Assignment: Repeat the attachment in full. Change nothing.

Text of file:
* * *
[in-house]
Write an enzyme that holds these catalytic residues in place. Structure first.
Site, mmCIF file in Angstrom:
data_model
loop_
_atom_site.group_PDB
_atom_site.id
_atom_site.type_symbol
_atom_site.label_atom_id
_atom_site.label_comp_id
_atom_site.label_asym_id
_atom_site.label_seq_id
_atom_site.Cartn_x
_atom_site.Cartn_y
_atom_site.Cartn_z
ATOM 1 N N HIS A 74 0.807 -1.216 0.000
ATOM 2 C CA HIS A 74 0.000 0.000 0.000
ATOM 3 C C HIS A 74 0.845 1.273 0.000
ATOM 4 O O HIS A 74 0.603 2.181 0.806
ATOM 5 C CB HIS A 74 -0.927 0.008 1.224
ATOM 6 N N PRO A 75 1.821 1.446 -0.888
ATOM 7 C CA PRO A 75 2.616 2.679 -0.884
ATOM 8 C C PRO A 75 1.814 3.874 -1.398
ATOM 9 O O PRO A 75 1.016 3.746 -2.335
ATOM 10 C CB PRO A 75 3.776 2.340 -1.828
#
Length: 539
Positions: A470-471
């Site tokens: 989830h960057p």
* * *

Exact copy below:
[in-house]
Write an enzyme that holds these catalytic residues in place. Structure first.
Site, mmCIF file in Angstrom:
data_model
loop_
_atom_site.group_PDB
_atom_site.id
_atom_site.type_symbol
_atom_site.label_atom_id
_atom_site.label_comp_id
_atom_site.label_asym_id
_atom_site.label_seq_id
_atom_site.Cartn_x
_atom_site.Cartn_y
_atom_site.Cartn_z
ATOM 1 N N HIS A 74 0.807 -1.216 0.000
ATOM 2 C CA HIS A 74 0.000 0.000 0.000
ATOM 3 C C HIS A 74 0.845 1.273 0.000
ATOM 4 O O HIS A 74 0.603 2.181 0.806
ATOM 5 C CB HIS A 74 -0.927 0.008 1.224
ATOM 6 N N PRO A 75 1.821 1.446 -0.888
ATOM 7 C CA PRO A 75 2.616 2.679 -0.884
ATOM 8 C C PRO A 75 1.814 3.874 -1.398
ATOM 9 O O PRO A 75 1.016 3.746 -2.335
ATOM 10 C CB PRO A 75 3.776 2.340 -1.828
#
Length: 539
Positions: A470-471
């Site tokens: 989830h960057p």